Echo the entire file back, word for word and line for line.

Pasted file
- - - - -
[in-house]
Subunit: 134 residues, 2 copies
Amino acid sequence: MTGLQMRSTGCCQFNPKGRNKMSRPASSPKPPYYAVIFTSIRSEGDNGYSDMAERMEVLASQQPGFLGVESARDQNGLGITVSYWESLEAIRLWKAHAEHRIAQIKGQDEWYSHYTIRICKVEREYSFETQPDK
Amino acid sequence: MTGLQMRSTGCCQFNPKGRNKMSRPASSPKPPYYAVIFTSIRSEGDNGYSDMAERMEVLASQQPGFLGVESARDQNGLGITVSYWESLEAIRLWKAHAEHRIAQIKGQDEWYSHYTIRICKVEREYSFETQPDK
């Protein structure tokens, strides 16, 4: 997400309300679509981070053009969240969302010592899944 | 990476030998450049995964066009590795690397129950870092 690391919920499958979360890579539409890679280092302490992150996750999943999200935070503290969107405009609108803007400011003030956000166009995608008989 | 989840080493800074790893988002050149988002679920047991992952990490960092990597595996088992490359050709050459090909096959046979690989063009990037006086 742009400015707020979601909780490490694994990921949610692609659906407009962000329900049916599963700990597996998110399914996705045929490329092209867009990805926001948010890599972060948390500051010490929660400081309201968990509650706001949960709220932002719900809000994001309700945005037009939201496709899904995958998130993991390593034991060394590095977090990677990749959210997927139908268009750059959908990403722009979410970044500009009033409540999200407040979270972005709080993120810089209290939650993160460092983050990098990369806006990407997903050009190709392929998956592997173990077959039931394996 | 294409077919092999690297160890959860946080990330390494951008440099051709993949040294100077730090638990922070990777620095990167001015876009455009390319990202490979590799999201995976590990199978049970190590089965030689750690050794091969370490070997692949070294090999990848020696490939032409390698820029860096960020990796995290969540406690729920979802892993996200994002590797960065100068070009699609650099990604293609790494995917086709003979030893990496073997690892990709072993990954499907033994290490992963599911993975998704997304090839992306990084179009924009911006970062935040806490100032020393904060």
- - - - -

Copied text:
[in-house]
Subunit: 134 residues, 2 copies
Amino acid sequence: MTGLQMRSTGCCQFNPKGRNKMSRPASSPKPPYYAVIFTSIRSEGDNGYSDMAERMEVLASQQPGFLGVESARDQNGLGITVSYWESLEAIRLWKAHAEHRIAQIKGQDEWYSHYTIRICKVEREYSFETQPDK
Amino acid sequence: MTGLQMRSTGCCQFNPKGRNKMSRPASSPKPPYYAVIFTSIRSEGDNGYSDMAERMEVLASQQPGFLGVESARDQNGLGITVSYWESLEAIRLWKAHAEHRIAQIKGQDEWYSHYTIRICKVEREYSFETQPDK
């Protein structure tokens, strides 16, 4: 997400309300679509981070053009969240969302010592899944 | 990476030998450049995964066009590795690397129950870092 690391919920499958979360890579539409890679280092302490992150996750999943999200935070503290969107405009609108803007400011003030956000166009995608008989 | 989840080493800074790893988002050149988002679920047991992952990490960092990597595996088992490359050709050459090909096959046979690989063009990037006086 742009400015707020979601909780490490694994990921949610692609659906407009962000329900049916599963700990597996998110399914996705045929490329092209867009990805926001948010890599972060948390500051010490929660400081309201968990509650706001949960709220932002719900809000994001309700945005037009939201496709899904995958998130993991390593034991060394590095977090990677990749959210997927139908268009750059959908990403722009979410970044500009009033409540999200407040979270972005709080993120810089209290939650993160460092983050990098990369806006990407997903050009190709392929998956592997173990077959039931394996 | 294409077919092999690297160890959860946080990330390494951008440099051709993949040294100077730090638990922070990777620095990167001015876009455009390319990202490979590799999201995976590990199978049970190590089965030689750690050794091969370490070997692949070294090999990848020696490939032409390698820029860096960020990796995290969540406690729920979802892993996200994002590797960065100068070009699609650099990604293609790494995917086709003979030893990496073997690892990709072993990954499907033994290490992963599911993975998704997304090839992306990084179009924009911006970062935040806490100032020393904060």